• Brussels Sprouts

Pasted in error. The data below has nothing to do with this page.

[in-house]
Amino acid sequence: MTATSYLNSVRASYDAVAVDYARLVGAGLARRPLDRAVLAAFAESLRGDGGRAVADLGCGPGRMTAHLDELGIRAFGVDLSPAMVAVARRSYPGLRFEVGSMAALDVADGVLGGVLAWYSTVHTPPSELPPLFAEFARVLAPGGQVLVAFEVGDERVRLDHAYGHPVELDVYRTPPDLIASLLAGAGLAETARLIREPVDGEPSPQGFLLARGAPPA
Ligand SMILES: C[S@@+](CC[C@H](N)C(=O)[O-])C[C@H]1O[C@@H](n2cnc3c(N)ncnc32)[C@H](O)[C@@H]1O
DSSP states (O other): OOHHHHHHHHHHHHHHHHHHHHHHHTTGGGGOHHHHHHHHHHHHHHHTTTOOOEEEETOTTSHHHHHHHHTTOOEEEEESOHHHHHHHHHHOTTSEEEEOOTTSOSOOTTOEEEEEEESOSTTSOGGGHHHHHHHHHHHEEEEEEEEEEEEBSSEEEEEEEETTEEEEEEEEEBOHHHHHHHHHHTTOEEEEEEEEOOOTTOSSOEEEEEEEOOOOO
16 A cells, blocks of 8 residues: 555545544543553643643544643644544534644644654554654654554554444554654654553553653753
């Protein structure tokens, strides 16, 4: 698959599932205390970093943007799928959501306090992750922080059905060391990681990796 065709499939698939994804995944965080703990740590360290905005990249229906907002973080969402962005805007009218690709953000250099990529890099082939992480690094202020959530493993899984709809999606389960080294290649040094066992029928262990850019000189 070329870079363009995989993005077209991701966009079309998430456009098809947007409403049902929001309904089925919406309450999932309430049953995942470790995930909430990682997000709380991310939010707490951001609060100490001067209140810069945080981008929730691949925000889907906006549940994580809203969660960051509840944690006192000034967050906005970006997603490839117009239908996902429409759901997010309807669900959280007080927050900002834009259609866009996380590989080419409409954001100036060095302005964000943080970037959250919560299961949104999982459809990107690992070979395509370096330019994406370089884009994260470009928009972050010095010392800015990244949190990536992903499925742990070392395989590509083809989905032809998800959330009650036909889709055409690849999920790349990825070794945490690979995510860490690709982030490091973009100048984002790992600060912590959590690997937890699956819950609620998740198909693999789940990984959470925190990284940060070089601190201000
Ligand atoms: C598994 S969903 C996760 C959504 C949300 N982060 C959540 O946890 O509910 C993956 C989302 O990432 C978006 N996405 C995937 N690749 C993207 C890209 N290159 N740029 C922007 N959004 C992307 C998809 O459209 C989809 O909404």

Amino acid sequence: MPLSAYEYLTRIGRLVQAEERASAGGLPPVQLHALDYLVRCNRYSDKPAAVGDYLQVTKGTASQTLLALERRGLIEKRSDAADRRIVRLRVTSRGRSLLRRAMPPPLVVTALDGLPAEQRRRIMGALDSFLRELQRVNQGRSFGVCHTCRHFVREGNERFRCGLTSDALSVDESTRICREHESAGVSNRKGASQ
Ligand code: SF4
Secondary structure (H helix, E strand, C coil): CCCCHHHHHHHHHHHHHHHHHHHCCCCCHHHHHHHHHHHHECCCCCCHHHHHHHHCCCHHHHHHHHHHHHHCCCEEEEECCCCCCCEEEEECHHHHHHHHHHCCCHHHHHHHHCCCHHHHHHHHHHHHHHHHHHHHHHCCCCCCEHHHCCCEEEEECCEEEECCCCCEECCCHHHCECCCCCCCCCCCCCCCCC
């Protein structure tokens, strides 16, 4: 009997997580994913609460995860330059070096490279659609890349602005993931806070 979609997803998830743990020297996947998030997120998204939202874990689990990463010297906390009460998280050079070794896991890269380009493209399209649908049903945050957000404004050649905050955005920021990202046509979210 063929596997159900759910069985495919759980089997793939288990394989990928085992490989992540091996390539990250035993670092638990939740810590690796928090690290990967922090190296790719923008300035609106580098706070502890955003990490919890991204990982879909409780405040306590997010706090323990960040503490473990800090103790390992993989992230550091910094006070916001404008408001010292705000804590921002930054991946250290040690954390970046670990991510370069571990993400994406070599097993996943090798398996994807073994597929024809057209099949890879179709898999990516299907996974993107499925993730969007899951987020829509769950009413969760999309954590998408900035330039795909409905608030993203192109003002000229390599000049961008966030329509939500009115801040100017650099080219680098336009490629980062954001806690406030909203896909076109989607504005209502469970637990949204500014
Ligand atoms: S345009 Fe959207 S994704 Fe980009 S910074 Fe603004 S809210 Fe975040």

One serving of Brussels sprouts contains about 430 milligrams of alpha-linolenic acid -- more than one-third of the <a href="http://www.nal.usda.gov/fnic/DRI//DRI_Energy/energy_full_report.pdf" target="_hplink">daily ALA amount recommended</a> by the National Academy of Sciences. "These tasty little green veggies are loaded with nutrients, including omega-3 fatty acids," says nutritionist Margaux Rathbun. "They're the perfect food for promoting healthy and beautiful skin. Try steaming them for about five minutes to keep all of the health-promoting nutrients intact." <strong>More from Blisstree.com:</strong> <a href="http://blisstree.com/move/best-fitness-trackers-similar-to-the-nike-fuel-band-658/" target="_hplink">The Best Fitness Trackers</a> <a href="http://blisstree.com/eat/supplements/which-is-better-krill-oil-or-fish-oil-841/" target="_hplink">Krill Oil vs. Fish Oil</a> <a href="http://blisstree.com/feel/eat-for-your-teeth-omega-3s-could-prevent-gum-disease/" target="_hplink">Eat for Your Teeth: Omega 3s Could Prevent Gum Disease</a> <em>Flickr photo by <a href="http://www.flickr.com/photos/39975765@N05/6399983389/" target="_hplink">Mallory Dash</a></em>